For the direful law not only detains the sinner prisoner, but ever impels him onward in his evil course. The beginning of sin, as well as of “strife," which is but one of its manifold developments, is “as when one letteth out water," (Prov. xvii. 14,) the tendency of which is still to widen the breach and to enlarge the area of destructiveness. “Every act of sin tends to repeat itself, and to render the whole man more vicious. Each sinful indulgence yields an ever-diminishing amount of gratification, though the passions which demand it are ever growing in tyrannic strength ;" * and, with increasing force, incite the wretched man to seek it yet again. Then, too, “by the repetition of a vicious act, moral power is

• diminished; but as more moral power is required to resist the augmented power of the passions which prompt to the repetition of that particular act, the likelihood that it will be repeated is increased, as well as that the surplus force of the passions will be expended in the performance of other vicious acts. Thus, like an error admitted into the early stage of a calculation conducted by geometrical progression, and which goes on repeating and enlarg. ing itself at every step of the reckoning, till the unit soon swells into millions, there is not merely a tendency in evil to perpetuate itself, and so to become unalterable, but to multiply itself with a rapidity which defies calculation."! It is under the dominion of this retributive law that "evil men and seducers wax worse and worse, deceiving, and being deceived;" (2 Tim. iii. 13 ;) that there are those, even in this life, who sink so low that even their vi mind and conscience" become defiled, (Titus i. 15,) their conscience being " seared with a hot iron,” (1 Tim. iv. 2,) till, being “past feeling," they "give themselves over unto lasciviousness, to work all uncleanness with greediness;" (Eph. iv. 19;) and “that a voice from within has often pronounced the evil character unalterable, long before the voice from without has confirmed the sentence with authority in the fearful words, He that is unholy, let him be unholy still.'” | Regarding merely the law of sin and death,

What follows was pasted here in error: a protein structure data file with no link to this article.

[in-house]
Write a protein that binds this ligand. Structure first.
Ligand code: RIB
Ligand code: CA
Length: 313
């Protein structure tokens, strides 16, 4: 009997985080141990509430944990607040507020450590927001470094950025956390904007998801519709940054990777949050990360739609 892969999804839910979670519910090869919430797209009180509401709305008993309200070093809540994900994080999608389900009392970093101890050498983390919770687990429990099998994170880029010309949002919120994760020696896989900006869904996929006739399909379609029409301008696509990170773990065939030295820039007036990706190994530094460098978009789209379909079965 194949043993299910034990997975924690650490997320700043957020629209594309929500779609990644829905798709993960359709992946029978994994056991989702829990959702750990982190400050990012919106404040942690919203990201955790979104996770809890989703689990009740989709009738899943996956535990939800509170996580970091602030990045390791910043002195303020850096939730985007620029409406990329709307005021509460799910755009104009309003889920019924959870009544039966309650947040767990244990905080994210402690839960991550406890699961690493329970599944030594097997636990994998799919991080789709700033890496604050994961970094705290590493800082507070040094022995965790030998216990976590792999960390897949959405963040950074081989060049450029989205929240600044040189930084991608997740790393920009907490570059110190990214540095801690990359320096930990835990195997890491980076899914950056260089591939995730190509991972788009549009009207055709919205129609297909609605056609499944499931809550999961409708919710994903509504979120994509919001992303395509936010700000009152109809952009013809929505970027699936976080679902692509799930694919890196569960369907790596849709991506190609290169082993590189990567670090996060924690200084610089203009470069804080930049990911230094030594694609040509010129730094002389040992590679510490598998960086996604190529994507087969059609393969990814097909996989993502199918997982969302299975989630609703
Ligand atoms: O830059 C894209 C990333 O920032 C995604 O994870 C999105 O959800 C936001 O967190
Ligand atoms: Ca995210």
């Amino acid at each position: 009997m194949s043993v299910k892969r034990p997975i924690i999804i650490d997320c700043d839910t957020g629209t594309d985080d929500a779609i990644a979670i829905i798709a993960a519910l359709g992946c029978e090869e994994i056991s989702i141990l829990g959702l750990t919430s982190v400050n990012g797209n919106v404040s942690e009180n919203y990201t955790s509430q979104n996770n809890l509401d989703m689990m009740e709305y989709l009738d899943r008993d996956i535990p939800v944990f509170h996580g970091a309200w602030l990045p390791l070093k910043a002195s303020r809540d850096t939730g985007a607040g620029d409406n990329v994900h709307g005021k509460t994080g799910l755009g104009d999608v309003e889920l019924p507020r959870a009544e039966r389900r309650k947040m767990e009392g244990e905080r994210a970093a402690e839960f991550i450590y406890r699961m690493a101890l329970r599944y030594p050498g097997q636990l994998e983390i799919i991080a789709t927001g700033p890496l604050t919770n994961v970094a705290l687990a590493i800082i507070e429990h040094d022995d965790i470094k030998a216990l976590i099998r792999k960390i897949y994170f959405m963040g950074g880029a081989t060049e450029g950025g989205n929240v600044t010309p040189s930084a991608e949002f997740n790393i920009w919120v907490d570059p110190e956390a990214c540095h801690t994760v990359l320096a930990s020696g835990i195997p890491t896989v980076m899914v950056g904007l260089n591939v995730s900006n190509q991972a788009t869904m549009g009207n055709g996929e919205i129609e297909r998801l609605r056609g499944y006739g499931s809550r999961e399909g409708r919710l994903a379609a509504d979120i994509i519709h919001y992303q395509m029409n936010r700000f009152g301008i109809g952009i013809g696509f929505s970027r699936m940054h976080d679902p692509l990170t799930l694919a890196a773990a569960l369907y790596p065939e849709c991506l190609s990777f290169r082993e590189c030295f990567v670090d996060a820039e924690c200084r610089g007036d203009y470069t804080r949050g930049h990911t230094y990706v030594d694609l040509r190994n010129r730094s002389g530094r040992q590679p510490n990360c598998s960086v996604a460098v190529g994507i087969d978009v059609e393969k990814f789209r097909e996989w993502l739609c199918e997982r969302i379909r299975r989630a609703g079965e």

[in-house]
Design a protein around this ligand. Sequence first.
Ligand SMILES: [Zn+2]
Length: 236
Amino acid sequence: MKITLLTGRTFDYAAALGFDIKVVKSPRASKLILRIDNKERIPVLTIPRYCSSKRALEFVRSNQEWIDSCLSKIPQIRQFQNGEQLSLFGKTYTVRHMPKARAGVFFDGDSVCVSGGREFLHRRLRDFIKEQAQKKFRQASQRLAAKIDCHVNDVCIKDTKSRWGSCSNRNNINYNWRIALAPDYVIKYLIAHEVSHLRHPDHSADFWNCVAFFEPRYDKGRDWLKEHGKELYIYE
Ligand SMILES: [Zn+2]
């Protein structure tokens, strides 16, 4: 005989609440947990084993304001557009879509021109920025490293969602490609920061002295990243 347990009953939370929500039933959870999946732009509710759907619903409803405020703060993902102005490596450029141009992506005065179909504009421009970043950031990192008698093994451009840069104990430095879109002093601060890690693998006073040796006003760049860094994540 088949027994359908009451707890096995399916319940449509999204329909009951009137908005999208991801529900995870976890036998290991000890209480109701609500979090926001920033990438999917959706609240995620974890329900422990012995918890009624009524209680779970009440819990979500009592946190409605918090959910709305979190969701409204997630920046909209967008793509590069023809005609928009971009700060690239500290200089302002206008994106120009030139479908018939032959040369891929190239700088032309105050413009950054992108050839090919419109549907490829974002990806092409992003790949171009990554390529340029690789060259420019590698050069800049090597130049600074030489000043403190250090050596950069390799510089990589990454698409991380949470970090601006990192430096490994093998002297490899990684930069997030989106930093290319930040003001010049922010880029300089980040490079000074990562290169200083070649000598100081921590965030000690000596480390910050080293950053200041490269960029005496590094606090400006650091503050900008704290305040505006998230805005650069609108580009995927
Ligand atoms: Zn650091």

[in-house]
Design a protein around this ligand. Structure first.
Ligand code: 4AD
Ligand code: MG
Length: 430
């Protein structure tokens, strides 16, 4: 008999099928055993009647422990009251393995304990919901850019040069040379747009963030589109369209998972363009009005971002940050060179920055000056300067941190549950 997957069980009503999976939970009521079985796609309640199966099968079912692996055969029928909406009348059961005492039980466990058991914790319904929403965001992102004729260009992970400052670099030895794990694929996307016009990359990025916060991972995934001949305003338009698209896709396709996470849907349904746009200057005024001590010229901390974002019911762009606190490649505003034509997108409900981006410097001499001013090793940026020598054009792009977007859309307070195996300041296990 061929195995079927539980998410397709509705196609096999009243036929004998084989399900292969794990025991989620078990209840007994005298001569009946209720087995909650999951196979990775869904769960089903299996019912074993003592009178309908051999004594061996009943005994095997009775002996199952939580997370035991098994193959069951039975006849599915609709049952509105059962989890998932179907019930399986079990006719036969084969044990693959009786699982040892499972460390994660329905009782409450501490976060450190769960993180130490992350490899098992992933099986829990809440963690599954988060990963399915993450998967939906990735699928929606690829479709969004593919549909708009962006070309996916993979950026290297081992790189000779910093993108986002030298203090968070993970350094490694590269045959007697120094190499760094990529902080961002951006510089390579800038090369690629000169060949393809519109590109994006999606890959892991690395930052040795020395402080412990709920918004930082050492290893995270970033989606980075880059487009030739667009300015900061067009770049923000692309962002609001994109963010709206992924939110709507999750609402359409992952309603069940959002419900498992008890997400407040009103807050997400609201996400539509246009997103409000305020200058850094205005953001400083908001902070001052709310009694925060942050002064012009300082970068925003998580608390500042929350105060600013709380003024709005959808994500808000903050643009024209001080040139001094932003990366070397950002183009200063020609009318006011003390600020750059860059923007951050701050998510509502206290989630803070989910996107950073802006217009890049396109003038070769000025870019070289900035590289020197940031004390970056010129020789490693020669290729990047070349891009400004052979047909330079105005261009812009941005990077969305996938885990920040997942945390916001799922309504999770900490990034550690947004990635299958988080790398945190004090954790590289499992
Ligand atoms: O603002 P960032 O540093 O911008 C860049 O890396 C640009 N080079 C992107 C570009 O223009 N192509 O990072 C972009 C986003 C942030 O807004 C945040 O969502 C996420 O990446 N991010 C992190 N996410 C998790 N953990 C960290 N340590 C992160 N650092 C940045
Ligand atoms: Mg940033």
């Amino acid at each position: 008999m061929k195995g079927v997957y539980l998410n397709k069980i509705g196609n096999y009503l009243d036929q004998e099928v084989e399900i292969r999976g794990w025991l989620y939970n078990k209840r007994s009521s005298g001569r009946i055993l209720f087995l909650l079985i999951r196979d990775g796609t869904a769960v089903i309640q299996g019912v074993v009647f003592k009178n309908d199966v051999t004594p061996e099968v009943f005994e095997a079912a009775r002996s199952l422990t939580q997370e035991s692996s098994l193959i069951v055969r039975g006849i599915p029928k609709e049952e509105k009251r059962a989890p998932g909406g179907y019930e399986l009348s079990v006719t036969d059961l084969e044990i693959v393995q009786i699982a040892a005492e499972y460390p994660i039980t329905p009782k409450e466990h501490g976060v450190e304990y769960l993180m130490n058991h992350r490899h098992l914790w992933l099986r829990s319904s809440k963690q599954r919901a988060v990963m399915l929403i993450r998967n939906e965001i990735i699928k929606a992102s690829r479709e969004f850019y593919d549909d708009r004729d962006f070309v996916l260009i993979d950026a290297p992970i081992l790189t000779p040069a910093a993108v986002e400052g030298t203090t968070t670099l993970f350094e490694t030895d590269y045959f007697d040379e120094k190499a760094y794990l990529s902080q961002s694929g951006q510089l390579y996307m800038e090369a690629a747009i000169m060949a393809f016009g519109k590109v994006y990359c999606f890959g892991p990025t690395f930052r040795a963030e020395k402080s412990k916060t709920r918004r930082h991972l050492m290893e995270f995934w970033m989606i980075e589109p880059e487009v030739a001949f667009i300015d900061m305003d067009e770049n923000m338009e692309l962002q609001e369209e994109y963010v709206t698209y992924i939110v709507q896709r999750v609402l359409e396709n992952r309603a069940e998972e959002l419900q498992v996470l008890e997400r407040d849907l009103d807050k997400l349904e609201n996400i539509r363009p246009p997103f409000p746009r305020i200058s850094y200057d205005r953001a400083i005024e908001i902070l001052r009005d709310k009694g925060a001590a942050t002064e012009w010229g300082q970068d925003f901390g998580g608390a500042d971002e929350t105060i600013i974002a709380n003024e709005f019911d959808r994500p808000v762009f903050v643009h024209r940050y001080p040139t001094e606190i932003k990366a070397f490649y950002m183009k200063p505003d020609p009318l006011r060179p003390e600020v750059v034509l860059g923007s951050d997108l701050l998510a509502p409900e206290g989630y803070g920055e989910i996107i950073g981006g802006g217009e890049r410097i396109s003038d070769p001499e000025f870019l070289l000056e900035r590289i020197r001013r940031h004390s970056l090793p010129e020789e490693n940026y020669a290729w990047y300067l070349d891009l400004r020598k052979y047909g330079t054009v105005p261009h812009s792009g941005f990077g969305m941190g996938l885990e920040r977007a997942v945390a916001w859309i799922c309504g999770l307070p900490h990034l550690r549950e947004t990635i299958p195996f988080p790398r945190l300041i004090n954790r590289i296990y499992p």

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• Dr. Harris, "Man Primeval,” page 133. " Ibid., pp. 281, 285.

Ibid., p. 133.

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it is a necessity of nature that once a sinner, always a sinner; even as once dead, always dead : for sin can never so re-act upon itself as to produce holiness, any more than death can so re-act upon itself as to recover life. The one " law of sin and death is that of mutual and unceasing perpetuation.

Therefore it is that sinful man, left to his unaided nature, under the dominion of moral law, must remain for ever under the curse of the first transgression, with all its terrible consequences. But he has not been so left; and we must now direct attention,

II. To that sphere within which liberation has been provided for him from this terrible law, namely, In Christ."

On this point we will not here dilate, but simply remark, 1. That in Christ the double necessity of man's case has been provided for; the twofold difficulty has been solved; the one by the death of the Son of God, the other by His life. In Him, God has fully accomplished for us that which the law could not accomplish, “in that it was weak through the flesh.” Sending His own Son “in the likeness of sinful flesh, and for sin," God “condemned sin in the flesh.” The condemnation due to us, the actual sinners, (verse 1,) was laid upon Him, the sinless One. (Verse 3.) In Him, as our Representative, and Substitute, our sin was condemned and punished,* that we, being released from condemnation, might be admitted to fellowship in His recovered and glorious life, and henceforth walk," not after the flesh, but after the Spirit.” The provision was that He was delivered for or on account of our offences, 8là tà mapattópara, and was raised again for or on account of our justification, 8à Tiv Olkalwou hôp. (Rom. iv. 25.) That justification is a justification of (which springs) life, both to Him and to us; (Rom. v. 18;) and so "grace reigns through righteousness [or justification) unto eternal life, through Jesus Christ our Lord.” (Rom. v. 21.) That provision was made for us in Him, but,